Background The influence of injury definition on the interpretation of epidemiological outcomes of injury risk has not been previously evaluated in a dance population.
Objective To determine the influence of injury definition (i.e., time loss, medical attention, all complaints) on the prevalence and rate of musculoskeletal injuries in pre-professional ballet and contemporary dancers.
Design Prospective cohort.
Setting Pre-professional ballet school; university dance program.
Participants Dancers registered in full-time pre-professional ballet [n=85, 77 females, median (range) age 15 yrs (11–19 yrs)] and contemporary [n=60, 58 females, 19 yrs (17–30 yrs)] training.
Main Outcome Measurements Dancers completed a weekly online questionnaire (modified Oslo Sports Trauma Research Centre's Questionnaire on Health Problems) using three definitions for dance-related injuries: (1) time loss (an inability to complete one or more classes, rehearsals or performances one or more days beyond onset); (2) medical attention; and (3) any complaint. Physiotherapists completed injury report forms, capturing dance-related medical attention and time loss injuries. Percent agreement was estimated between injury registration methods. Descriptive statistics [proportions, 95% confidence intervals (95% CI)] summarized injury prevalence (IP; seasonal proportion of dancers injured). Injury incidence rates (IIR; number of new injuries/1000 dance exposure hours) were examined for each definition, registration method, and dance style.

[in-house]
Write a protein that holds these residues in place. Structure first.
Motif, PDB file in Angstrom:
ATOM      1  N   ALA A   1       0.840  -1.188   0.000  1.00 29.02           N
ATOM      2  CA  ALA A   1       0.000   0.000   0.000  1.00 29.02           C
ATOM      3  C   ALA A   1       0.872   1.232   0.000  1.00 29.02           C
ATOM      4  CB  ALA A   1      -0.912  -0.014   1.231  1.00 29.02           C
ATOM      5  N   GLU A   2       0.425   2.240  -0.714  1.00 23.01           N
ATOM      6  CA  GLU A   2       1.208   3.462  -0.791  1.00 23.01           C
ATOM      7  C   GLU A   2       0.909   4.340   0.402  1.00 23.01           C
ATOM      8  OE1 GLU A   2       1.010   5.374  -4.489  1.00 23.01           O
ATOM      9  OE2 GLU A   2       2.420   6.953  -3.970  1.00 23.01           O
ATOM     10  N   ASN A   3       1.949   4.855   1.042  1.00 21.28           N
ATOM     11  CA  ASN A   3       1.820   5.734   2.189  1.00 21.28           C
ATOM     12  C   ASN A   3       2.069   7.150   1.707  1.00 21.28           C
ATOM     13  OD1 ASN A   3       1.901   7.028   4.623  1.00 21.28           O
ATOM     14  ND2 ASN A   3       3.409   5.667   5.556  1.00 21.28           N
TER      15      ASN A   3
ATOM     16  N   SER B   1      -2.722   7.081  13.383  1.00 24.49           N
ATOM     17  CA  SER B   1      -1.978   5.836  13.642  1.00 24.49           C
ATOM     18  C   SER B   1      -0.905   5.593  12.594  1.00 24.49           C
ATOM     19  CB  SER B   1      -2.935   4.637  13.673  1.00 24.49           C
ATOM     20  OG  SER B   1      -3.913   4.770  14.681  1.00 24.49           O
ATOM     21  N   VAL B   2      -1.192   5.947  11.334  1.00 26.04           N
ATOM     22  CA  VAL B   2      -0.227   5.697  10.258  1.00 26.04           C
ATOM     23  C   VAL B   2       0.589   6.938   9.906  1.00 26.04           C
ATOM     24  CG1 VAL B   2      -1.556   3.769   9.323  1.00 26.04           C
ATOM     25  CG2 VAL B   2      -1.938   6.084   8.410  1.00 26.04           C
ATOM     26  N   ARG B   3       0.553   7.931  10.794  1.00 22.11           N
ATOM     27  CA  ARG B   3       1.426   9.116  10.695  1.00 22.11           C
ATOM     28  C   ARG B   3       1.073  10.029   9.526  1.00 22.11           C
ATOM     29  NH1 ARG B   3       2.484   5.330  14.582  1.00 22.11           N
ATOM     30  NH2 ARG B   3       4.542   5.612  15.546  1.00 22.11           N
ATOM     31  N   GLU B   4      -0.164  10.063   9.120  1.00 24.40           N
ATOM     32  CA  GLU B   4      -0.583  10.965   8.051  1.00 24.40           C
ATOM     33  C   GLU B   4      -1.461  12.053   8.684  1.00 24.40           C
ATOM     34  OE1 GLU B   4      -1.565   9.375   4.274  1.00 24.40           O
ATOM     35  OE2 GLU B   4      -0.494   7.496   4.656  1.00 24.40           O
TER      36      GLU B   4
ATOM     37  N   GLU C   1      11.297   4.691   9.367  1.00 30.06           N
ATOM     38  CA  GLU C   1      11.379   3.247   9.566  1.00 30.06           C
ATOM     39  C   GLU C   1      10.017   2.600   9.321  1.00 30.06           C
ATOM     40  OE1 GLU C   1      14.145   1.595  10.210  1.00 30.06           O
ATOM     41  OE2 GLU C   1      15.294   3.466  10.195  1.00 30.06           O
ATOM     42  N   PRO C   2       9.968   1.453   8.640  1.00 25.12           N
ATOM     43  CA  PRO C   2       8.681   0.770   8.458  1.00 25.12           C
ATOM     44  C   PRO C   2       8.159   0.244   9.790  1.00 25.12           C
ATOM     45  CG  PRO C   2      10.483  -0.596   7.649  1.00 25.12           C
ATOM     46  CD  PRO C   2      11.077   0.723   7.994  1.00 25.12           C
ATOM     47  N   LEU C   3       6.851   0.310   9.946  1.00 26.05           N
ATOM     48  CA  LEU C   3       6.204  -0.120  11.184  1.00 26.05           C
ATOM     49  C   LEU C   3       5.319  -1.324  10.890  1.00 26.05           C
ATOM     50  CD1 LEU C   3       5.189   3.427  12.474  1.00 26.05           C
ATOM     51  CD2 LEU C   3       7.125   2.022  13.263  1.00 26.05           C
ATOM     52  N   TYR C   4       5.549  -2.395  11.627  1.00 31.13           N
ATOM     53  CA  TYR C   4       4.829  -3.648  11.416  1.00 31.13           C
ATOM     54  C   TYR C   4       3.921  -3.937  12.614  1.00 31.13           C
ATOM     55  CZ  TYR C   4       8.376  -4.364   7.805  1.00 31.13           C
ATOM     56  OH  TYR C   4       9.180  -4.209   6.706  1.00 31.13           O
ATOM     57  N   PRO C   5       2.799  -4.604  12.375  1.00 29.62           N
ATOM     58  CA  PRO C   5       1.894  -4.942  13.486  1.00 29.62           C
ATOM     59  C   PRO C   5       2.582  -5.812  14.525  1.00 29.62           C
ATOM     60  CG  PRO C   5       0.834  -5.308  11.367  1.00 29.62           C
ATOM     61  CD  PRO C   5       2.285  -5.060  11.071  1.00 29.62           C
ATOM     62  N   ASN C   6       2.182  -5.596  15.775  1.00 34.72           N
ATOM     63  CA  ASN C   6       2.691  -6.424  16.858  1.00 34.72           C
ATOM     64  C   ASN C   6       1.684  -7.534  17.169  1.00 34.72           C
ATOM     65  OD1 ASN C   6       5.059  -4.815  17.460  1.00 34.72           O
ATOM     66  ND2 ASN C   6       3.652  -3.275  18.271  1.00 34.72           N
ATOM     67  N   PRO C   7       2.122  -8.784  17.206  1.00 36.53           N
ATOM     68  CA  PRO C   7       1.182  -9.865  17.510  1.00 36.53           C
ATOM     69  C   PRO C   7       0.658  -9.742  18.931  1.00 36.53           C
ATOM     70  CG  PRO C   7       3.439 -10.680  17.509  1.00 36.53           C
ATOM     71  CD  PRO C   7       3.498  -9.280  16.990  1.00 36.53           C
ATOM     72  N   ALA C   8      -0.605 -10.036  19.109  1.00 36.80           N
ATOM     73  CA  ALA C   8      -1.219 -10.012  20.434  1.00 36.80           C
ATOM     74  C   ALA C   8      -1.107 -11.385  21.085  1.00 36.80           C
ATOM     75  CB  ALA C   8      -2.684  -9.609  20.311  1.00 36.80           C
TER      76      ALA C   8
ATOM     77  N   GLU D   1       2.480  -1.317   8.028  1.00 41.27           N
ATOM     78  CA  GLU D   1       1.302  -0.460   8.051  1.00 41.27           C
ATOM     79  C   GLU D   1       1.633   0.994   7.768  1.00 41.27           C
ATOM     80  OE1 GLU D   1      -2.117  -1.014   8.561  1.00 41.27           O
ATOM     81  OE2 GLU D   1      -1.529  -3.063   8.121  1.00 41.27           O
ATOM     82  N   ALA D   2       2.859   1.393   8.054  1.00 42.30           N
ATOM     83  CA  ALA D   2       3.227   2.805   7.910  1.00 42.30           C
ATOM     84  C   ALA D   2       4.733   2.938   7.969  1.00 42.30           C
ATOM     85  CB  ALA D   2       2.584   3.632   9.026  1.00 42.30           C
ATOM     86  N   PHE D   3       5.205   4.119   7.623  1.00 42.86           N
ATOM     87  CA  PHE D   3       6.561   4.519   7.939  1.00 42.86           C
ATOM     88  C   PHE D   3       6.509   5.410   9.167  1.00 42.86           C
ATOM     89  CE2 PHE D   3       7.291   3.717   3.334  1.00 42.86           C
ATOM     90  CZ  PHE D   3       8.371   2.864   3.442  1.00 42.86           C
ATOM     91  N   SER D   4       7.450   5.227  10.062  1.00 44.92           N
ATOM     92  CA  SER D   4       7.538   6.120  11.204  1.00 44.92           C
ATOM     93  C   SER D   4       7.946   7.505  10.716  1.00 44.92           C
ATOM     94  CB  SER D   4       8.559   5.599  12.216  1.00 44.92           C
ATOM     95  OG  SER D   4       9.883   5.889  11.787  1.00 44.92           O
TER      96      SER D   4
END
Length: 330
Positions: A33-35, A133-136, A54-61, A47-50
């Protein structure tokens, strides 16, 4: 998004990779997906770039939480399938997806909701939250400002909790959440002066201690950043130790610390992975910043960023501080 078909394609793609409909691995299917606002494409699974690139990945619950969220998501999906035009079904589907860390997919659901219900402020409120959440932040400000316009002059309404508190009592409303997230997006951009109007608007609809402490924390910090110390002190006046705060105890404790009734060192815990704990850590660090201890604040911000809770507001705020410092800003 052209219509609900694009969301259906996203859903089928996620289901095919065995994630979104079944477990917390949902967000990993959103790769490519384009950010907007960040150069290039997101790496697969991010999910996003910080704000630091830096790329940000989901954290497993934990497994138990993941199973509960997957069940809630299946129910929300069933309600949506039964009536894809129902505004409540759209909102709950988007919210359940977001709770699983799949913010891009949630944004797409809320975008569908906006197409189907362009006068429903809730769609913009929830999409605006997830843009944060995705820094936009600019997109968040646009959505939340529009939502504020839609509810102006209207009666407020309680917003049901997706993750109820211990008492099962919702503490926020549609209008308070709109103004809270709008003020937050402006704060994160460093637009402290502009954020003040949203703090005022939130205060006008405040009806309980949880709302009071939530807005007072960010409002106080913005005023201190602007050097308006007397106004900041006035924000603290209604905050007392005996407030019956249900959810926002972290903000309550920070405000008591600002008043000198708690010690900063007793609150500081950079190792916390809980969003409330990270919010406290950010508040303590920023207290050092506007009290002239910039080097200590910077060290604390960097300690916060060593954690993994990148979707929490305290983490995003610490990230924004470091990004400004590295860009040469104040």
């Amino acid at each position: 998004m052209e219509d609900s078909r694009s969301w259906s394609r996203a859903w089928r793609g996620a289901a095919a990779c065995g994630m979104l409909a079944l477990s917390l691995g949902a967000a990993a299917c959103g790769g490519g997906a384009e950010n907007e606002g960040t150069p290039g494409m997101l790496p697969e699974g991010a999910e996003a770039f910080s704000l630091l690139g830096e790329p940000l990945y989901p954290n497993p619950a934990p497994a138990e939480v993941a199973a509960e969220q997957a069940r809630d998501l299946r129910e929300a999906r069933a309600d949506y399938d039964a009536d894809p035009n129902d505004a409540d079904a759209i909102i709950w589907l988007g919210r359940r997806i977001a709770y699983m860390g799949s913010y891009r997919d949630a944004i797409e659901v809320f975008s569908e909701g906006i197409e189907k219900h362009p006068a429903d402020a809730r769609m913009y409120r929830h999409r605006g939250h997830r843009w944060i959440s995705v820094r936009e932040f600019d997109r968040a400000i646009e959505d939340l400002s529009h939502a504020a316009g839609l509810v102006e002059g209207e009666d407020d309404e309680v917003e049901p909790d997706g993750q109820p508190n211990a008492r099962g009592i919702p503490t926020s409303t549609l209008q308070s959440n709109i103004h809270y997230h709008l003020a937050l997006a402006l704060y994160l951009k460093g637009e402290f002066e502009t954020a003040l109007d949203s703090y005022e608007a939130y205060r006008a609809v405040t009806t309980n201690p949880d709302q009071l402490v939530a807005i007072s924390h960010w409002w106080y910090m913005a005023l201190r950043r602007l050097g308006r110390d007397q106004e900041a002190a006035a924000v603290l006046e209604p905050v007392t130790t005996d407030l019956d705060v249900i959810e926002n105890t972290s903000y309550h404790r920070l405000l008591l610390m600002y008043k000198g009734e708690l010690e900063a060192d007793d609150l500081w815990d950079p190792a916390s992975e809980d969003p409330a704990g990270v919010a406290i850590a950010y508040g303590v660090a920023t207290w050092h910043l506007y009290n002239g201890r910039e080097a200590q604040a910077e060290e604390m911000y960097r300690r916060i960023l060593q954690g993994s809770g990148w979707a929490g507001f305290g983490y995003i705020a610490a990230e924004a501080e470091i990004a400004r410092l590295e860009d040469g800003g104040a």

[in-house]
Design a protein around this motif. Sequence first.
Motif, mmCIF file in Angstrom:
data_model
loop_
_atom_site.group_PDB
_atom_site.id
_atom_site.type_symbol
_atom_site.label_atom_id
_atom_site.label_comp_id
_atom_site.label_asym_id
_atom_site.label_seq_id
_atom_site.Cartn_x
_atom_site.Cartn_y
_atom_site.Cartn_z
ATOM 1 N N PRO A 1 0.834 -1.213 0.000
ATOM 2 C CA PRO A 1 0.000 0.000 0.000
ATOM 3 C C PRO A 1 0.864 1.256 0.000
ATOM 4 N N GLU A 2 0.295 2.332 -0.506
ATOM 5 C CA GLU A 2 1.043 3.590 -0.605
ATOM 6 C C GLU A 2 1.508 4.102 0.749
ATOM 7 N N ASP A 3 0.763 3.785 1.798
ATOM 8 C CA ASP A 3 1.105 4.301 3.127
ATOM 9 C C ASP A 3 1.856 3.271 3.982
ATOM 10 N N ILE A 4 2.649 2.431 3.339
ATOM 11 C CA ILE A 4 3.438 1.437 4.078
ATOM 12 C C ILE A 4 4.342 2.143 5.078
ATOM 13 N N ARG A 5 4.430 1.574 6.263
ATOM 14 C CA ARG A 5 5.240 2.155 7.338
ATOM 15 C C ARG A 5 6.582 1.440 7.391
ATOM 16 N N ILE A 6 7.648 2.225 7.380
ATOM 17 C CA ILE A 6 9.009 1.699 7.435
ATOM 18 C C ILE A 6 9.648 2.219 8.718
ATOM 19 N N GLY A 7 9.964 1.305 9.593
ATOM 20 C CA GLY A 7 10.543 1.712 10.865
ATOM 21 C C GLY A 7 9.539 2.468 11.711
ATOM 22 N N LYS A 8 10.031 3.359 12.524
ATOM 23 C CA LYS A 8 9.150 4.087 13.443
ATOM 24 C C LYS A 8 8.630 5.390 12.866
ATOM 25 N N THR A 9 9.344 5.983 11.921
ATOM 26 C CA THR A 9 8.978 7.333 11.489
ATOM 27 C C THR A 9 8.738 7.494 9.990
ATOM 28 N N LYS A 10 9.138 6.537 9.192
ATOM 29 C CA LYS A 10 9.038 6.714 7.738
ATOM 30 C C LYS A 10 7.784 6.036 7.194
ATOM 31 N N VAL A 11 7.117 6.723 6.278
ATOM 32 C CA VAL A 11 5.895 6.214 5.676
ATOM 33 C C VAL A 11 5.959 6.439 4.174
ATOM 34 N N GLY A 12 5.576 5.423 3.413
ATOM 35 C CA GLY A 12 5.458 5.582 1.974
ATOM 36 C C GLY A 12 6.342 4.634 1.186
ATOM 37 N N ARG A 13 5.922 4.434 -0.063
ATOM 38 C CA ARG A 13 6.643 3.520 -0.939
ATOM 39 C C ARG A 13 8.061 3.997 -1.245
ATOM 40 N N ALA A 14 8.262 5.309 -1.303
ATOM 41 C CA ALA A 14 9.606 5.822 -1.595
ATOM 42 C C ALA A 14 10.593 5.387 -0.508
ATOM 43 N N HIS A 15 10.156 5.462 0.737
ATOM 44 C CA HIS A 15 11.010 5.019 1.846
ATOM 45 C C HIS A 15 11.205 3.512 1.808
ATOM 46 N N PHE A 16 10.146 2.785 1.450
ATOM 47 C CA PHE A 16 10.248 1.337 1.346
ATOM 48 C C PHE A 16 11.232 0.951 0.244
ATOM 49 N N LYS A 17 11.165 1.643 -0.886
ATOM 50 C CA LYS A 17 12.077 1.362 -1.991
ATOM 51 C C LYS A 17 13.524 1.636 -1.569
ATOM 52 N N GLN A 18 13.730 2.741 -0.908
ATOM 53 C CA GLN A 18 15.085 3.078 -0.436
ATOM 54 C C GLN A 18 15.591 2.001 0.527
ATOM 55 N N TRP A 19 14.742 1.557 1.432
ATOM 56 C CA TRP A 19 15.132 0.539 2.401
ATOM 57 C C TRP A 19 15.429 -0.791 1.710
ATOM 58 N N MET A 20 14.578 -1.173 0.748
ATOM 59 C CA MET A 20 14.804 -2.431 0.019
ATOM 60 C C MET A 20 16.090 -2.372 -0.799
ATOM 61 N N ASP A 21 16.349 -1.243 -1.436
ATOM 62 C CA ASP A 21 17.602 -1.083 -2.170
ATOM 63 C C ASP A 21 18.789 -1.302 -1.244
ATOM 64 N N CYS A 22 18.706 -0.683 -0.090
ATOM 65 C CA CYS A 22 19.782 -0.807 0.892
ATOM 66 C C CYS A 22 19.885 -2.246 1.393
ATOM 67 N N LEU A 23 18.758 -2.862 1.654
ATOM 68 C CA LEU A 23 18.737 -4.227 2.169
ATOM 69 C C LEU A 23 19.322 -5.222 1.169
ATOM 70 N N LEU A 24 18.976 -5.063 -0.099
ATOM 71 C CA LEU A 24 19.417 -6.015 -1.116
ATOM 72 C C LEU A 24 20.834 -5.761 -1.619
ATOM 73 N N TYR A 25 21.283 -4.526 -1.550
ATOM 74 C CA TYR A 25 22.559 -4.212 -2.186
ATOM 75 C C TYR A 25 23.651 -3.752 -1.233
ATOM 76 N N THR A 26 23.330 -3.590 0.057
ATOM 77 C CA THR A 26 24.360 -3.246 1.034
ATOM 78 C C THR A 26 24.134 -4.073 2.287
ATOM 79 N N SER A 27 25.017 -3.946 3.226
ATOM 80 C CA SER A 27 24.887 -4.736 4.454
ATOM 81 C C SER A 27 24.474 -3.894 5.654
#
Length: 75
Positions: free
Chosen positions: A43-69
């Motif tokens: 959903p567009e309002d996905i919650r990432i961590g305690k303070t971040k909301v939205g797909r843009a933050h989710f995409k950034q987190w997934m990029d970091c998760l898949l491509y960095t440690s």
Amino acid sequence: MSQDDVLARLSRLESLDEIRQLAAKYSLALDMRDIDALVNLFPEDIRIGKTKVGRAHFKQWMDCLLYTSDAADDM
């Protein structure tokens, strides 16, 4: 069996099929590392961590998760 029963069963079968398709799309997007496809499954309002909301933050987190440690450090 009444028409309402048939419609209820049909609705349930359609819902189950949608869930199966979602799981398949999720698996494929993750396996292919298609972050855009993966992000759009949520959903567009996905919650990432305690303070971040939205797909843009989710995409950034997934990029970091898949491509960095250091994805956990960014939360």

Results Dancer questionnaire response rate was 98.99%. Agreement between injury registration methods ranged between 58.82% (time loss) and 72.94% (medical attention). Depending on definition, registration, and dance style, IP varied from 9.41% (95% CI: 4.15, 17.71; time loss) to 82.35% (95% CI: 72.56, 89.77; all complaint), and IIRs spanned 0.09 (95% CI: 0.01, 0.17; time loss) to 4.89 (95% CI: 4.04, 5.74; all complaint) injuries/1000 dance hours.
Conclusions Injuries resulting in time loss and medical attention underestimate the burden of injury in a pre-professional dance population. To understand the full impact of injury on a dance population, it is imperative that registration methodologies consider definitions that capture all injuries.
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